lists.openwall.net   lists  /  announce  owl-users  owl-dev  john-users  john-dev  passwdqc-users  yescrypt  popa3d-users  /  oss-security  kernel-hardening  musl  sabotage  tlsify  passwords  /  crypt-dev  xvendor  /  Bugtraq  Full-Disclosure  linux-kernel  linux-netdev  linux-ext4  linux-hardening  PHC 
Open Source and information security mailing list archives
 
Hash Suite: Windows password security audit tool. GUI, reports in PDF.
[<prev] [next>] [<thread-prev] [thread-next>] [day] [month] [year] [list]
Date:   Mon, 29 Jul 2019 12:09:14 +0200
From:   Jan Kara <jack@...e.cz>
To:     Geoffrey Thomas <Geoffrey.Thomas@...sigma.com>
Cc:     'Theodore Ts'o' <tytso@....edu>,
        Thomas Walker <Thomas.Walker@...sigma.com>,
        'Jan Kara' <jack@...e.cz>,
        "'linux-ext4@...r.kernel.org'" <linux-ext4@...r.kernel.org>,
        "'Darrick J. Wong'" <darrick.wong@...cle.com>
Subject: Re: Phantom full ext4 root filesystems on 4.1 through 4.14 kernels

On Thu 25-07-19 21:22:28, Geoffrey Thomas wrote:
> On Friday, July 12, 2019 5:47 PM, Geoffrey Thomas <Geoffrey.Thomas@...sigma.com> wrote:
> > On Friday, July 12, 2019 4:28 PM, Theodore Ts'o <tytso@....edu> wrote:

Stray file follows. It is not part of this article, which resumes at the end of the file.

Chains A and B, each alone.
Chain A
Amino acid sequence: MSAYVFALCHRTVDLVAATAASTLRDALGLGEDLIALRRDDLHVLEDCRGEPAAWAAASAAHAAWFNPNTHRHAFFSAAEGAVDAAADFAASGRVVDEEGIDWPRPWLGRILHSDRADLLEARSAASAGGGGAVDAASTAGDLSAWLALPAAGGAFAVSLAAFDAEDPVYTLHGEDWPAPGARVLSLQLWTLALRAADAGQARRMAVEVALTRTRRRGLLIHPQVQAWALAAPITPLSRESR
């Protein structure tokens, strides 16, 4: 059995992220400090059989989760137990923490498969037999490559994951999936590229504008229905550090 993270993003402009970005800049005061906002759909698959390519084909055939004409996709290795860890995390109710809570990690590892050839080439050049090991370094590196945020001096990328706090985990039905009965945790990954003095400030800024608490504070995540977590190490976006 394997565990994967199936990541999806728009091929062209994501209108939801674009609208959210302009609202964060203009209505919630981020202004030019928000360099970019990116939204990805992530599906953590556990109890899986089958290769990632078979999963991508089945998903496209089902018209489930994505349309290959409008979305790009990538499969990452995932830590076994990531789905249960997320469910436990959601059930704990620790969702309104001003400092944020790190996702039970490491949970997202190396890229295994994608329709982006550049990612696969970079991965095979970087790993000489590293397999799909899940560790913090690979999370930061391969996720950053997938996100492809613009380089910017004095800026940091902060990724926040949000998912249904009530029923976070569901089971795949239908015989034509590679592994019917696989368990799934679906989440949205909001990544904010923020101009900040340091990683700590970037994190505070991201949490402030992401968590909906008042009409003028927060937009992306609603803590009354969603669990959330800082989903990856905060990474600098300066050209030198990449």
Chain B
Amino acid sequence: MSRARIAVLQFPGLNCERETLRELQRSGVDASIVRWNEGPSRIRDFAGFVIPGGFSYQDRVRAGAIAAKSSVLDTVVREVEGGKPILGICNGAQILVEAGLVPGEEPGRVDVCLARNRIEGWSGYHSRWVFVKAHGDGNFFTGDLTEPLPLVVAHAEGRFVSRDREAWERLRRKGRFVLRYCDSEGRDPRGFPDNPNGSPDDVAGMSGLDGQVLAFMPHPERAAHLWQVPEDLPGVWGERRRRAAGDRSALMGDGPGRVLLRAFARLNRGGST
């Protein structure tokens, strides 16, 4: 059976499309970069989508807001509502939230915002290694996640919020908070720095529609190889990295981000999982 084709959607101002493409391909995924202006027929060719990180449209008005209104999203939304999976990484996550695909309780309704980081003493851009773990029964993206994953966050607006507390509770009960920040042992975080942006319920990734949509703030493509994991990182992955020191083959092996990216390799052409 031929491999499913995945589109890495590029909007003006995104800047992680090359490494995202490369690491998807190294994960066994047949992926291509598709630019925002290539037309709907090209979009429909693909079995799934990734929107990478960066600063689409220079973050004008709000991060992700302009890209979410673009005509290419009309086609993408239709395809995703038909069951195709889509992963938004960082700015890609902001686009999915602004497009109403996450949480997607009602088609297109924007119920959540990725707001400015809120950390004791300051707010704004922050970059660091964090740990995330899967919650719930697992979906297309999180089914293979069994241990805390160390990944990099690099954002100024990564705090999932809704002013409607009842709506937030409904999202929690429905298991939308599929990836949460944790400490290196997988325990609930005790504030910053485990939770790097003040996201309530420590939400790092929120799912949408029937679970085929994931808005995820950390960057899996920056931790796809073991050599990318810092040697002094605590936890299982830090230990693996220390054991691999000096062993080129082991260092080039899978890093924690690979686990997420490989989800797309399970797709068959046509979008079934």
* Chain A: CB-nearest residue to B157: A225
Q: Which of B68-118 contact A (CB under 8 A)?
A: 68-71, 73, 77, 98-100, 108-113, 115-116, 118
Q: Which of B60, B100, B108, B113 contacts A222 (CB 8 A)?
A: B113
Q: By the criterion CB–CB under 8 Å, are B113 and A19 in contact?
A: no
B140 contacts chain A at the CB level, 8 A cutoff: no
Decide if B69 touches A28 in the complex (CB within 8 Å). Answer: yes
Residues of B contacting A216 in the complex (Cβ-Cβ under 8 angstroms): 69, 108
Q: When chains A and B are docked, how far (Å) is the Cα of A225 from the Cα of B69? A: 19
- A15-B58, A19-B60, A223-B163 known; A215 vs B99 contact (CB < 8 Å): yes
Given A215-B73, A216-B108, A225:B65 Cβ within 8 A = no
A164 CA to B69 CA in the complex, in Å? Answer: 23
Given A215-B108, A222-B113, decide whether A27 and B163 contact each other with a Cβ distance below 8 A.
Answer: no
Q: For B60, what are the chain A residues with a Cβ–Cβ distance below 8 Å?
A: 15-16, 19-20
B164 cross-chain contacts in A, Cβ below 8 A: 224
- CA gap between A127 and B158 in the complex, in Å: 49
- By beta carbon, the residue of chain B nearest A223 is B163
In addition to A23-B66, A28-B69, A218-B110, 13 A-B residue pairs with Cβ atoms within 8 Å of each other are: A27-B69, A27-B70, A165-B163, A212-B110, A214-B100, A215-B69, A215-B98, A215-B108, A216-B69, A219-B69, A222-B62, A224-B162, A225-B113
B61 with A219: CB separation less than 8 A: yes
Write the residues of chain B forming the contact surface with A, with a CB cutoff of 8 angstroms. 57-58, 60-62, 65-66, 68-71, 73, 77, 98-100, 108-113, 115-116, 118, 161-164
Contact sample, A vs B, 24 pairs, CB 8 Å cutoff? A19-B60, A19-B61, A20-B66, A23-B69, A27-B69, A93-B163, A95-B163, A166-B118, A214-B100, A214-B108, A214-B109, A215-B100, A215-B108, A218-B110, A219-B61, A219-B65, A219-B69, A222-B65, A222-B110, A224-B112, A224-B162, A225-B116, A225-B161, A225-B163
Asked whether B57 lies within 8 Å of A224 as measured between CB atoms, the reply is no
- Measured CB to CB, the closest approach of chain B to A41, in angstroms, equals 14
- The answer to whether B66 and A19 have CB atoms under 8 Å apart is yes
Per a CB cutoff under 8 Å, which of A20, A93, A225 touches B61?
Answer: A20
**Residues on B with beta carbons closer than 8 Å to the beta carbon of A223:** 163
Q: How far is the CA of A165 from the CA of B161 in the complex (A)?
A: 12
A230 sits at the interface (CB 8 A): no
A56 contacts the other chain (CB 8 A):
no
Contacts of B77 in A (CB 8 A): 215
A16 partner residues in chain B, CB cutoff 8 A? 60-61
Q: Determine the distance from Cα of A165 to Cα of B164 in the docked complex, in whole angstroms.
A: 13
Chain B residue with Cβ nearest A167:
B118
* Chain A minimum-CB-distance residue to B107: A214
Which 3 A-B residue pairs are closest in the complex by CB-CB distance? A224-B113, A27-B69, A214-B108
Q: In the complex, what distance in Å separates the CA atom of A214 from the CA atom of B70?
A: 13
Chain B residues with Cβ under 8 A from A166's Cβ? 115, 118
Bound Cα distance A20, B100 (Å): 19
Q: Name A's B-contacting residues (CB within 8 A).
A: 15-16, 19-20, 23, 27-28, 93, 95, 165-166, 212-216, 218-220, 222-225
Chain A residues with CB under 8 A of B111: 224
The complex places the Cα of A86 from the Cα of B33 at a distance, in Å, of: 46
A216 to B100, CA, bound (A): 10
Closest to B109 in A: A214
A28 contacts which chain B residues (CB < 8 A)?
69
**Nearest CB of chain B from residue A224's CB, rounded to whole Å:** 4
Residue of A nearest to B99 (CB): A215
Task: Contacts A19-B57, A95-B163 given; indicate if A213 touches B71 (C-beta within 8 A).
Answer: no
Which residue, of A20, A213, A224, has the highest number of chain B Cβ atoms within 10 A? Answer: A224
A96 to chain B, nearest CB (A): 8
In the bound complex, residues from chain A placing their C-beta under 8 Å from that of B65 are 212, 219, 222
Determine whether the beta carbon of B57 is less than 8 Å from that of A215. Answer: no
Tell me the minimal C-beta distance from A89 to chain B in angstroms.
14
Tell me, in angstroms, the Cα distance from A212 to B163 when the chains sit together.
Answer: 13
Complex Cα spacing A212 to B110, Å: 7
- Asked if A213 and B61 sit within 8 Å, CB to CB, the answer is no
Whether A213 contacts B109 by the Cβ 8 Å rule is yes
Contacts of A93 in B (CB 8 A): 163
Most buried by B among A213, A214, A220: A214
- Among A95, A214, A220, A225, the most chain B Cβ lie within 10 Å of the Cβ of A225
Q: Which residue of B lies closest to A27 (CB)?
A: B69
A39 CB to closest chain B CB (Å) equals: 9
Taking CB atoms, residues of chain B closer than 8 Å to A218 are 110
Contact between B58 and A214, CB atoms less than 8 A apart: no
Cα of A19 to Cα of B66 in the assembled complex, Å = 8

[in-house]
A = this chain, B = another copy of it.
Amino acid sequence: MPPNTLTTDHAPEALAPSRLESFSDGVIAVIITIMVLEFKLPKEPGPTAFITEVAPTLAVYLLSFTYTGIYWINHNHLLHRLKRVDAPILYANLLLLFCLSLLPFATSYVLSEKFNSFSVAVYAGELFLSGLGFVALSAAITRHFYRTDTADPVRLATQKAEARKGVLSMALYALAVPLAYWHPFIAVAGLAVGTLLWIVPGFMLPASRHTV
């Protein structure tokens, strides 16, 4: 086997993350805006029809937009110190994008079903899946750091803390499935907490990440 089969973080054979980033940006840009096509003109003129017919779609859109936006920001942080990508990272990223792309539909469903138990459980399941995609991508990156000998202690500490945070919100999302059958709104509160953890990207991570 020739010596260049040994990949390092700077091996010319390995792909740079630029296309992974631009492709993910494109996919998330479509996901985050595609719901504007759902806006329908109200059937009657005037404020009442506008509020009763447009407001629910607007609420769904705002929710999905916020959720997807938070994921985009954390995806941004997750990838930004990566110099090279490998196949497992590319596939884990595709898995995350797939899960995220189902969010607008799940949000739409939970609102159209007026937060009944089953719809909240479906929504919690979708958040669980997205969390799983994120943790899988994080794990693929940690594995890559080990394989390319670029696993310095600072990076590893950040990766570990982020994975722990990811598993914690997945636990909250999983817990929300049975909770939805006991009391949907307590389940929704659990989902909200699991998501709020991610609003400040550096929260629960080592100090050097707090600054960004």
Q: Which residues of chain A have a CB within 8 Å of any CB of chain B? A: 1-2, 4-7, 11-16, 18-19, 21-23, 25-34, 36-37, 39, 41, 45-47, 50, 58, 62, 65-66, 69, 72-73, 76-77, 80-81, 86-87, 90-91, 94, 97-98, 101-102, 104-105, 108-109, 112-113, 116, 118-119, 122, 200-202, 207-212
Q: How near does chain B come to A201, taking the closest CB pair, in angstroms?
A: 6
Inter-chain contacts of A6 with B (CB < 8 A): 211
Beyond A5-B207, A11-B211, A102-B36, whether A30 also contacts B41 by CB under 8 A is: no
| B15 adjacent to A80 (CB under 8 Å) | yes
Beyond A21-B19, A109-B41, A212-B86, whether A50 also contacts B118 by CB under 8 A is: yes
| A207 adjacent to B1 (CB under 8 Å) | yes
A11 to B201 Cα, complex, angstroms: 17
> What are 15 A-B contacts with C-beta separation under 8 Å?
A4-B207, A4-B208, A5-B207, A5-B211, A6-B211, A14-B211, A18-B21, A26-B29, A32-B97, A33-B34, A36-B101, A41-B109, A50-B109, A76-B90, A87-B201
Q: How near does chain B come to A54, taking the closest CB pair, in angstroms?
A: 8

> > > Hmmm... what's gid 4?  Is that a hint of where the inode might have come
> > > from?
> > 
> > Good call, gid 4 is `adm`. And now that we have an inode number we can see
> > the file's contents, it's from /var/log/account.
> > 
> > I bet that this is acct(2) holding onto a reference in some weird way
> > (possibly involving logrotate?), which also explains why we couldn't find
> > a userspace process holding onto the inode. We'll investigate a bit....
> 
> To close this out - yes, this was process accounting. Debian has a nightly cronjob which rotates the pacct logs, runs `invoke-rc.d acct restart` to reopen the file, and compresses the old log. Due to a stray policy-rc.d file from an old provisioning script, however, the restart was being skipped, and so we were unlinking and compressing the pacct file while the kernel still had it open. So it was the classic problem of an open file handle to a large deleted file, except that the open file handle was being held by the kernel.
> 
> `accton off` solved our immediate problems and freed the space. I'm not totally sure why a failed umount had that effect, too, but I suppose it turned off process accounting.
> 
> It's a little frustrating to me that the file opened by acct(2) doesn't show up to userspace (lsof doesn't seem to find it) - it'd be nice if it could show up in /proc/$some_kernel_thread/fd or somewhere, if possible.
> 
> Thanks for the help - the e2image + fsck trick is great!

Glad to hear you were able to solve the problem in the end :)

								Honza
-- 
Jan Kara <jack@...e.com>
SUSE Labs, CR

Powered by blists - more mailing lists